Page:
||Nowadays, a particular interest in the development of alternative energy sources arose, especially motivated by the need of reducing the dependency on fossil fuel resources and for providing the reduction of CO2 emissions. An attractive strategy to overcome the present energy problem is using renewable energy sources, such as the direct solar radiation, for producing clean energy. In this sense, the direct conversion of sunlight into electric power by means of photovoltaic systems makes an important contribution to this energy contend in an environmentally friendly way.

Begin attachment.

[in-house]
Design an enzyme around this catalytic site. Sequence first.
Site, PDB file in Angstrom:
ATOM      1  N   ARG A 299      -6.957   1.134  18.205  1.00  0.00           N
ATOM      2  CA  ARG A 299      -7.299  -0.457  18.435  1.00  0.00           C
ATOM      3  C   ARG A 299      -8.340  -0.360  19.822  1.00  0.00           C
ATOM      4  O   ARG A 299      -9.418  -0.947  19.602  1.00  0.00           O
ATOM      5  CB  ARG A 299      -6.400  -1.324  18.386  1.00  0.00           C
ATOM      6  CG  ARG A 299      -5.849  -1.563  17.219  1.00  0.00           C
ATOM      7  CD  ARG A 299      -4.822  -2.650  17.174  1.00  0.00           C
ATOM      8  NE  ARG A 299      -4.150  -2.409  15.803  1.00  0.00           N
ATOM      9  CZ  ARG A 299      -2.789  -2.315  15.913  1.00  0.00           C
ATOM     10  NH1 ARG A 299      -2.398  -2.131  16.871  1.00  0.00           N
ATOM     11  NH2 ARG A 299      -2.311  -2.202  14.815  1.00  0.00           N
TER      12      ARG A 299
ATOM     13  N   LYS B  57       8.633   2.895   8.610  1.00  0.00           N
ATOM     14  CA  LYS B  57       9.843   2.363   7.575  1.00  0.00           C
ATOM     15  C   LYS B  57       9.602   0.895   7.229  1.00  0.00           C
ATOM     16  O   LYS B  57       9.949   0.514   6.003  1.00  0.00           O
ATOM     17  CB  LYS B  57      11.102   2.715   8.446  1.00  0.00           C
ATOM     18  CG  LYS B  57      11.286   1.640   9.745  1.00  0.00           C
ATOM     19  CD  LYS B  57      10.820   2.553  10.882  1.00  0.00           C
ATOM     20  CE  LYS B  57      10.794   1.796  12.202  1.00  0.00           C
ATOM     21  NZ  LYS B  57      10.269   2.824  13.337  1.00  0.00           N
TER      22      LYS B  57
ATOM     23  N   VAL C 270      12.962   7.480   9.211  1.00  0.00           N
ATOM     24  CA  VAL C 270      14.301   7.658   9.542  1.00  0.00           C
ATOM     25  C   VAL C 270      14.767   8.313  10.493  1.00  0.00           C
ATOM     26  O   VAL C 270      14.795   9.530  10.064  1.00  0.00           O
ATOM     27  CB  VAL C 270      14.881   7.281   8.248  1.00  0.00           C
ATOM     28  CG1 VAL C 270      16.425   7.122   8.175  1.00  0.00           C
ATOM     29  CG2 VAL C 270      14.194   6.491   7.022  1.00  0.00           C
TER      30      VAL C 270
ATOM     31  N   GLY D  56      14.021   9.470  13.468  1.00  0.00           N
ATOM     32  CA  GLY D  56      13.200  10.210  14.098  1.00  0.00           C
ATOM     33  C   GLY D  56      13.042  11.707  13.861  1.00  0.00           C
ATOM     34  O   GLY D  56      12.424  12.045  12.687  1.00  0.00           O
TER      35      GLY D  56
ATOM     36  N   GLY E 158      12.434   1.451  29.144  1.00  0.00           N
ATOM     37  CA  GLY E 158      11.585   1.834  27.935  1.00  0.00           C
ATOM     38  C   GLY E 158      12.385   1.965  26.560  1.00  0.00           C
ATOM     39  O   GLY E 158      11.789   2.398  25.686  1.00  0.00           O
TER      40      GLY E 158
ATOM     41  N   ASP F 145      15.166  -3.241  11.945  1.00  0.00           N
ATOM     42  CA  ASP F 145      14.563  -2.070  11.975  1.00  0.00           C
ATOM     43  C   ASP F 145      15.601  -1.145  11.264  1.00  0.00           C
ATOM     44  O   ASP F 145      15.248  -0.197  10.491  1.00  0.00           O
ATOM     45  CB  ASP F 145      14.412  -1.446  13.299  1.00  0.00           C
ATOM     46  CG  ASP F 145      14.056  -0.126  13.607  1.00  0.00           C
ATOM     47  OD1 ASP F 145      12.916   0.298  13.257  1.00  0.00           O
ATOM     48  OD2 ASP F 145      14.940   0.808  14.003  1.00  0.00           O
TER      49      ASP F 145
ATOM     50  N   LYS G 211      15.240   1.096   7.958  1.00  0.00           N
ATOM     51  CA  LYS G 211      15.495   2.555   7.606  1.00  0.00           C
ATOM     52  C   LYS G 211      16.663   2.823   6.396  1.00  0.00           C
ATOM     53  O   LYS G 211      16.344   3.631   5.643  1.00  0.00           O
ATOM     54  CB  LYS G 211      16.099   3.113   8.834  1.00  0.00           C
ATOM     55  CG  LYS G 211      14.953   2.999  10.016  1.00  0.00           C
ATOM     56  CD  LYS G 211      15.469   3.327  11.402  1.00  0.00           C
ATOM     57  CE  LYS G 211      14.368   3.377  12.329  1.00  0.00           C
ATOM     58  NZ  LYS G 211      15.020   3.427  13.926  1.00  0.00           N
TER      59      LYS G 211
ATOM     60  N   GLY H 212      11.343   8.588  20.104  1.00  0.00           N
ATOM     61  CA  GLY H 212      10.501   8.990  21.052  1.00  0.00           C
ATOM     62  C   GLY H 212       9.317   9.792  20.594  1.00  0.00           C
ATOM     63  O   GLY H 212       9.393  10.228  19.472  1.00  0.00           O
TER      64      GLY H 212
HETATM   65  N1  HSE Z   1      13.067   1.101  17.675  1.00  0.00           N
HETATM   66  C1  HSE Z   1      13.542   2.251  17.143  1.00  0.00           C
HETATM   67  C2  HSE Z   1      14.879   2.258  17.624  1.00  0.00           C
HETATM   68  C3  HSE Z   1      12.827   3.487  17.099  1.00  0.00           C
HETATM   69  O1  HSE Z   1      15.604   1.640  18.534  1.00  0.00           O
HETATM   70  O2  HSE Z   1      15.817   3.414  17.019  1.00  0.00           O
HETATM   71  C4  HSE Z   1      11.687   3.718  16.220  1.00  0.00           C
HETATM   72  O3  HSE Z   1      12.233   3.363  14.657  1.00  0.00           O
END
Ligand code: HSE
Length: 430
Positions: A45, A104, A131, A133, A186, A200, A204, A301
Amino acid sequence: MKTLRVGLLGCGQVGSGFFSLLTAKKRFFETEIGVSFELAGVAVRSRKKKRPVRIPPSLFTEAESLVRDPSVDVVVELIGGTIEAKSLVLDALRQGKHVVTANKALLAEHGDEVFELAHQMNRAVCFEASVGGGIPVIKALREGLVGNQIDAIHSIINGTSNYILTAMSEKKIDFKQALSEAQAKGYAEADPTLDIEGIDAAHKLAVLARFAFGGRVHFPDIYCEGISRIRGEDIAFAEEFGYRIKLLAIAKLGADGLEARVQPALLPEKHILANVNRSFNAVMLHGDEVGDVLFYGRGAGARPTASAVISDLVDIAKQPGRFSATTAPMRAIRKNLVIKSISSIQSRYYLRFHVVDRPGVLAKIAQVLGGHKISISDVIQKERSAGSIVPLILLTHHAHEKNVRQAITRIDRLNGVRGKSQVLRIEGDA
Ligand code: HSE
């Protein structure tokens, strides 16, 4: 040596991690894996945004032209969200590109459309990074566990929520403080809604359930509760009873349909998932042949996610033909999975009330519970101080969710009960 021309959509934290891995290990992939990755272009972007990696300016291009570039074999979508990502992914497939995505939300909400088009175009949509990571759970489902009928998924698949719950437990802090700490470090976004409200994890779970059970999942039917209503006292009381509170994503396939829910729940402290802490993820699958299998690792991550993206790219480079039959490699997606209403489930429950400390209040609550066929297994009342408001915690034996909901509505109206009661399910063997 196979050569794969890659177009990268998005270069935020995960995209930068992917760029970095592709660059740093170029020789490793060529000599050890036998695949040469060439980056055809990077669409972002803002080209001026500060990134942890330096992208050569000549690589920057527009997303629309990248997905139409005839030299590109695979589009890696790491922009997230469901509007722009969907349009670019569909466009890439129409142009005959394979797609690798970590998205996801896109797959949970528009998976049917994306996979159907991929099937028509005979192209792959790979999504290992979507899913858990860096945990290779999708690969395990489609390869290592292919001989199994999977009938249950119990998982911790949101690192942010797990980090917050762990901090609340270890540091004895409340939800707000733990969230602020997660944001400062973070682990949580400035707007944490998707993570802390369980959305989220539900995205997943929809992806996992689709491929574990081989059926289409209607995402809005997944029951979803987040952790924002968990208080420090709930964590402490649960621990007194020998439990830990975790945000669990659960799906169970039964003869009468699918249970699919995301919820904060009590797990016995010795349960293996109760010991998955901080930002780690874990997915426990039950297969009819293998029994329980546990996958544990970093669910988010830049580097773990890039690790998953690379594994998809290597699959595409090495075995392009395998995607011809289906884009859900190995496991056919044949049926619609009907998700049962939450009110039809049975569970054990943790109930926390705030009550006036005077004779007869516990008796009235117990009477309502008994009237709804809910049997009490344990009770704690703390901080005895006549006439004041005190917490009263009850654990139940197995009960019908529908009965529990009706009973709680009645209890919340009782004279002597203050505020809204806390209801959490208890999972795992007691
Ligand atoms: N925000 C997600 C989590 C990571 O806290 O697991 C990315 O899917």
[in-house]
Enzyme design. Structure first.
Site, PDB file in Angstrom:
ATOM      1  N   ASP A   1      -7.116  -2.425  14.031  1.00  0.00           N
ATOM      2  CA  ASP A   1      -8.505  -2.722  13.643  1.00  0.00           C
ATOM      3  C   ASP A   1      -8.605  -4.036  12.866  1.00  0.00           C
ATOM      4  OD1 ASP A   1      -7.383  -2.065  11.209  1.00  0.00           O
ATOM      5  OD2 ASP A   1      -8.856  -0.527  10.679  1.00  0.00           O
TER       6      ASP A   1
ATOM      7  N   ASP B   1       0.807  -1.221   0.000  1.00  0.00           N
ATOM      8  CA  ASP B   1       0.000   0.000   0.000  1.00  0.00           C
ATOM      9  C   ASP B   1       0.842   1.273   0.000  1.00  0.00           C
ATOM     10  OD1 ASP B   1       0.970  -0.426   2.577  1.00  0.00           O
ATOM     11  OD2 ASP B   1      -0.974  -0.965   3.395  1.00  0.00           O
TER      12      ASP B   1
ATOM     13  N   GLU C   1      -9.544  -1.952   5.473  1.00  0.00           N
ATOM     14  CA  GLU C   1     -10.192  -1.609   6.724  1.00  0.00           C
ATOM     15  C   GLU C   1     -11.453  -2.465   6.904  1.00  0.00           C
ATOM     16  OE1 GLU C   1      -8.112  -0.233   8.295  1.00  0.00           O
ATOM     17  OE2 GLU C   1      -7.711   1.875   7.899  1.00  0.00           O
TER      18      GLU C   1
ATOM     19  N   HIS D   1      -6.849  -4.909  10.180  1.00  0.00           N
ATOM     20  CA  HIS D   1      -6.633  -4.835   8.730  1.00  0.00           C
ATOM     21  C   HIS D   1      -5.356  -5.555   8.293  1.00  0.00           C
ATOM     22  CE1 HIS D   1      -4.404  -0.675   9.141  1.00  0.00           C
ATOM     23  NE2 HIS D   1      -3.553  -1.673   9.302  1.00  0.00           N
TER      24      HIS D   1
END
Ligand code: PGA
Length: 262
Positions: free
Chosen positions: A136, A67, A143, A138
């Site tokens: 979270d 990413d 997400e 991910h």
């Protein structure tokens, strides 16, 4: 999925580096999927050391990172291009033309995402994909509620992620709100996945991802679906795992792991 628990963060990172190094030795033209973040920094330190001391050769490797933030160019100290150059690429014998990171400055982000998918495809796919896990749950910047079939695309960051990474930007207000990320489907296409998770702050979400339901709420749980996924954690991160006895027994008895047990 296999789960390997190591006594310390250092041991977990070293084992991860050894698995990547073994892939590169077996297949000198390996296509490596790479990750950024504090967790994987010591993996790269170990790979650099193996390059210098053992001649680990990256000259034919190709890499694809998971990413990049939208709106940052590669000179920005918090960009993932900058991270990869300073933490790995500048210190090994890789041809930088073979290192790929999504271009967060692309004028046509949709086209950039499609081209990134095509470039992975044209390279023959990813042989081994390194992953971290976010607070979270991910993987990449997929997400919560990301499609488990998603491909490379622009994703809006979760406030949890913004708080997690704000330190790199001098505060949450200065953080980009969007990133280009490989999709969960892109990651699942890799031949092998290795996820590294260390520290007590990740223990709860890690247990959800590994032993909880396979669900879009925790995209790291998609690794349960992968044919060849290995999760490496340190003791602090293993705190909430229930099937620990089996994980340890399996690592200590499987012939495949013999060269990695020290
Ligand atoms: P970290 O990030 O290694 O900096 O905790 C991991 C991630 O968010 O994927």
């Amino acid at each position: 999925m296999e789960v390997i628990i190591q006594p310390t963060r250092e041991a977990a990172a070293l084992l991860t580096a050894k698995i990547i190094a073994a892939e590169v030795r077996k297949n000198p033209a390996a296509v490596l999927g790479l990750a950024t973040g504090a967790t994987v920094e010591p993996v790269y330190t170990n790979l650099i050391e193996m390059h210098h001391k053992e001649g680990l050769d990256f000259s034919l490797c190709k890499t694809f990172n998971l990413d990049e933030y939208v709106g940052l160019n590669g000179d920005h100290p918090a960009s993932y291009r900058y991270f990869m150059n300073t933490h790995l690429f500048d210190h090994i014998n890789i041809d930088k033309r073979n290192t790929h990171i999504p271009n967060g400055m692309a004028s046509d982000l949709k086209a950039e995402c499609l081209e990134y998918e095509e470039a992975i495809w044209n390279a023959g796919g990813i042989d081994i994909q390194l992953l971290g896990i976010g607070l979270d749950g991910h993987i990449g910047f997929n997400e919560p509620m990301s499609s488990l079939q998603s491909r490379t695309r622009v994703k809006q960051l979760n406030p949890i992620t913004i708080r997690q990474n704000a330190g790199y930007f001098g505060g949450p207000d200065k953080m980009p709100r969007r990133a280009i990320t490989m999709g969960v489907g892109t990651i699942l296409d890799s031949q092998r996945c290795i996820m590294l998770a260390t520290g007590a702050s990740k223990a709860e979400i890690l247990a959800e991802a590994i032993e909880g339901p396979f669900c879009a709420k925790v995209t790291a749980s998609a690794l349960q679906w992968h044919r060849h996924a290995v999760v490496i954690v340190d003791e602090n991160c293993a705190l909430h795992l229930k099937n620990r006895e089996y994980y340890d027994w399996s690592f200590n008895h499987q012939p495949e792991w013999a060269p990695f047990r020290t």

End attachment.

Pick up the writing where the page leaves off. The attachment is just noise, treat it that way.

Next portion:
In the last decade, solar and photovoltaic (PV) technologies have emerged as a potentially major technology for power generation in the world. Despite the economic crisis, the PV market has continued to grow almost 15 % in 2009 compared to 2008 and the total power installed in the world raised by 45 % and up to 22.9 GW. However, so far, the photovoltaic field has been dominated by devices in which the junction consists of inorganic solid-state materials, usually silicon, profiting from the expertise of the semiconductor industry. In fact, over 85 % of the current production is based on silicon wafer or silicon ribbon technology. A major advantage of this technology is that complete production lines can be bought, installed and being producing within a relatively short time-frame. This predictable production start-up scenario constitutes a low-risk placement with calculable return on investments. Even though these technologies are still very expensive and only survive in very specific groups of the market or with financial supports. Presently, the photovoltaic panels price has been decreased significantly, reaching at the moment 3.5 ¤/W. Nevertheless, these values are still not competitive to the individual consumer and this is, in fact, the major problem limiting the mass production of this type of technologies for domestic purposes - microgeneration. Thus, incentives to incorporate PV technologi